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In The Argonauts, the sole text in my writing seminar, Maggie Nelson bids her readers to think about Roland Barthes’ interest in the Argo—which remained the Argo, even after all of the original parts of the ship were swapped out over time. This idea resonates throughout Nelson’s memoir and, as it echoes, one is led to wonder: does it apply to people as well? The name is applied at birth, the child grows into an adult, the cells keep changing the whole time. The Argo remains the Argo, but what about the Argonauts? Do they? Are they, too, interchangeable? Replaceable?
While we’ve been slowly making our way through The Argonauts (it’s week four and we’ve made it to page thirty-two), I wanted my students to directly experience this puzzle at the heart of Nelson’s memoir: what can objects teach us about how language works? The Argo stands in as one such object: take it apart; put it back together; it’s still the Argo. Barthes later explains that this doesn’t work with language. “I love you” does not remain the fresh, thrilling phrase it is when first expressed. For that to happen, the phrase would need to be reinvented every time.
To help my students sneak up on this idea, I asked them, without explanation, to bring an object to class. They would be donating the object to the class and wouldn’t get it back, I told them, so it shouldn’t be worth more than $10 and it should be something portable. (This entire assignment sequence is inspired by Kate McIntosh’s Worktable, which I saw/participated in last fall at the Philly Fringe.) This is what they brought in:
It’s an appropriately mixed bag of stuff, some selected with more apparent care than other stuff (I was vexed by the submission of a single paper clip, a pen cap, a single earring), and some stuff provided by me in order to make sure that there was some range of choice for the next part of the performance/exercise.
At the end of class, students were instructed to select one of the objects to take home with them. They then had a week, outside of class, to disassemble or otherwise render unusable their selected objects. They could use hand tools, but I asked that no fire or chemicals be used. And so, the students went to work on this in private, all the while reading five pages or so of Nelson’s book for each session. And then, a week later, this is what they brought back:
What are we looking at, I asked them.
Trash, one student said.
Art, another student said.
Some people didn’t follow the instructions, another said.
As the conversation continued, I had the students reflect on the results as evidence of how the act of dismantling was interpreted. Were there patterns?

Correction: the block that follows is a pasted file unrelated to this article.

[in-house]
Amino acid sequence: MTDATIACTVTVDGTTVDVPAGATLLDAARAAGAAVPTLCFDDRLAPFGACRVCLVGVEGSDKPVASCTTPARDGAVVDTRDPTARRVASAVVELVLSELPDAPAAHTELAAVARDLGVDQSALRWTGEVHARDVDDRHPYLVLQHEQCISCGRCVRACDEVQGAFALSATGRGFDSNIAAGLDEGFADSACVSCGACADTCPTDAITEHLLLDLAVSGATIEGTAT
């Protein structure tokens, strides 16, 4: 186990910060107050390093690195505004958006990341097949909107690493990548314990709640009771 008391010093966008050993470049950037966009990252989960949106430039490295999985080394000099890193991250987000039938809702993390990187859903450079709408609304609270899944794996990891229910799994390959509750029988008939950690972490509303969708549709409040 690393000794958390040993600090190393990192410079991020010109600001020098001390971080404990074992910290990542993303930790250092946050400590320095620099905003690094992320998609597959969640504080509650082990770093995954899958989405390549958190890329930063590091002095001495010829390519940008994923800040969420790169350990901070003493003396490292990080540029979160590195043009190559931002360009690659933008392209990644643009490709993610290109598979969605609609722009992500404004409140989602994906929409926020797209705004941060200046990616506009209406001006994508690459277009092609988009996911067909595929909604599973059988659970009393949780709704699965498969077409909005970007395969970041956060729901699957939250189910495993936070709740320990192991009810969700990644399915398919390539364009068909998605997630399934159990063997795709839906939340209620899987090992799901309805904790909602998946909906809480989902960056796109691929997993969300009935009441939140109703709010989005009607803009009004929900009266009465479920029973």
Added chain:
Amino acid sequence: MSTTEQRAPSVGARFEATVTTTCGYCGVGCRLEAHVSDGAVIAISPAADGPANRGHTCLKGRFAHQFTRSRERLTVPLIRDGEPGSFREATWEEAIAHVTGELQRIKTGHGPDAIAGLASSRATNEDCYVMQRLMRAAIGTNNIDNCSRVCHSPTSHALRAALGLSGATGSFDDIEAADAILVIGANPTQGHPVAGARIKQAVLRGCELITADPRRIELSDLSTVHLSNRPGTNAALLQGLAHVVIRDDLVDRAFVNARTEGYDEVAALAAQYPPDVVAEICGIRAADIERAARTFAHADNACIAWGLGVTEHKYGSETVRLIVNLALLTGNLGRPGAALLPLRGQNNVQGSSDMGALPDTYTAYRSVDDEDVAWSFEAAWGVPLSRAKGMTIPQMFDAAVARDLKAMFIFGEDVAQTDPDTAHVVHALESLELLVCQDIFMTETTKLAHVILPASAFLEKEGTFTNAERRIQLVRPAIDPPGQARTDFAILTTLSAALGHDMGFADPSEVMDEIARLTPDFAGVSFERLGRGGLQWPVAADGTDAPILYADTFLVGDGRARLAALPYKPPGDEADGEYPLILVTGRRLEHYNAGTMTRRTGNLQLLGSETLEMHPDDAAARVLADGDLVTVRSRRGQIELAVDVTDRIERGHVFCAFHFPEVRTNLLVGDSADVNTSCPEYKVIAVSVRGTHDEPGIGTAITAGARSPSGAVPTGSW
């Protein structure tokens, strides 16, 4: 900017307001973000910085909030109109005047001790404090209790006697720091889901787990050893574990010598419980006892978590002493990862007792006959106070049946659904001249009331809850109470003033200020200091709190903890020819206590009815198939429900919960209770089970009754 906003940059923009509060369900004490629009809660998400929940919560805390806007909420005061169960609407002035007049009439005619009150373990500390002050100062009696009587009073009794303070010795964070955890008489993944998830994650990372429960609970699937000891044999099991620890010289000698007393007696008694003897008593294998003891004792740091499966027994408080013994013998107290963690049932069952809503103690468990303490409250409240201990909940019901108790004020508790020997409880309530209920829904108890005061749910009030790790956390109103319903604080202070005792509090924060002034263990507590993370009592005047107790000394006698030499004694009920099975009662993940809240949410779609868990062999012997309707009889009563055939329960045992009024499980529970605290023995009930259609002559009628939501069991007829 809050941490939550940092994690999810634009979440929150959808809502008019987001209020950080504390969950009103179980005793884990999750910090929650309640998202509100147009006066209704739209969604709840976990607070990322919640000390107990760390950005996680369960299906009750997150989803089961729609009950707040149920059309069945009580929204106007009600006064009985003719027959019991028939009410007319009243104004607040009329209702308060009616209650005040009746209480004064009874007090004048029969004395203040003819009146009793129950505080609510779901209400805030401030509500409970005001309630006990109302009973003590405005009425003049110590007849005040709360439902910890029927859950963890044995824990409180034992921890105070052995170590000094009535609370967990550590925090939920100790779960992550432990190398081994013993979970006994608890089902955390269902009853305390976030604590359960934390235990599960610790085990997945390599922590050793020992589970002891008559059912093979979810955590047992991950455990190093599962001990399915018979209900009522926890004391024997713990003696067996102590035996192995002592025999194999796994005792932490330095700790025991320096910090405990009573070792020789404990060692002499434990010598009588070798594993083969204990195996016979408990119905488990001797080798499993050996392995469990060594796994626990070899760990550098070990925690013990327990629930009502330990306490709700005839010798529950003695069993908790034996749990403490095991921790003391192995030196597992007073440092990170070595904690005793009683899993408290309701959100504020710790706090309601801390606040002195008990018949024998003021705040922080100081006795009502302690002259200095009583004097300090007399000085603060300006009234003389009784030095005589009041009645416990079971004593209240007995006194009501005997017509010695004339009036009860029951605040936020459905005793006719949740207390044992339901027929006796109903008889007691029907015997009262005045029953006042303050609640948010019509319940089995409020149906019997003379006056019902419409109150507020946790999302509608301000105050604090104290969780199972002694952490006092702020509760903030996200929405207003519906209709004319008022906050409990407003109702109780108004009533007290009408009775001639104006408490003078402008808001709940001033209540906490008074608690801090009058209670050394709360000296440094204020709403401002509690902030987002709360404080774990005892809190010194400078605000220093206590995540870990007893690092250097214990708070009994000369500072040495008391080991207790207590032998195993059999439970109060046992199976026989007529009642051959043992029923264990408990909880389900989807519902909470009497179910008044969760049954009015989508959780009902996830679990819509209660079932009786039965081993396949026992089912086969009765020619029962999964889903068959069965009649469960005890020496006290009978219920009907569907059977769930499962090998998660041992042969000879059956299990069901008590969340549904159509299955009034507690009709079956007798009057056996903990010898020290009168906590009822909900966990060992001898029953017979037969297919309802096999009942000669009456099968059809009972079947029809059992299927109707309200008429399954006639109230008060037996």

And what were we to make of the submission of the small piece of paper with the word “her” written on it? What was the original object? (No one could say.) How did the appearance of this gendered pronoun makes sense as an act of dismantling?
Next step: selected one of the dismantled objects to take home for a week, instructions, as before, to follow. These instructions were even more straightforward: reassemble the object. They could use tape, glue, rubber bands, paper clips, but not blow torches or hammers or other similarly sized hand tools. Another week, more talking about Nelson, how she puts her memoir together, what she chooses to work with, and how she chooses to work with it.
Here’s a sampling of the submissions (I’ll post a collective shot by the end of the week):
The hand juicer.
"her" reassembled as "them"
The students brought in their reassembled objects and they were on display for a week in the computer lab we’d decamped to for their work on another assignment (more on that one next time).
And then, this week, the quiz asked them to reflect on what they’d learned from the experience of performing in McIntosh’s Worktable. At first, some students thought I’d handed out the wrong quiz. Performance? Worktable? But, when they’d read the entire prompt, they all settled into putting their (perhaps just then forming) reflections down on paper. Here’s one response:
The Worktable is a play about ourselves, in the way that our brains are the actors and the assemblage and disassemblage are the ways the actors are performing. The actors take objects, create creative chaos, then recreate order in different ways (in the way that we all see fit and can bring to our aesthetic, as disassembling an object results in stress and stress relief, and reassembling results in new life and the resolution of stress). The surprise came ultimately from the destruction of the earring to “her,” then the reassembly to “them.” An object, like the Argo, was completely swapped of all parts and left to a singular word to represent it, then the word itself was swapped out, like an Argo of “the Argo.”
That irritating earring? It turns out to have been the catalyst for a number of insights into the creative process. What is “her”? It’s a dissembled version of “them.” What is “her”? It turns out it’s also a palimpsest rubbing converted into an invented Chinese character/gendered stick figure then translated into a gendered pronoun.
In their quiz responses, some students focus on the significance of the original object choice, how it constrains, how it determines what can follow. Others focus on how, at each stage, some members of the class were able to respond to the assignment in some previously unimaginable way. They could well be describing what happens via the act of citation.
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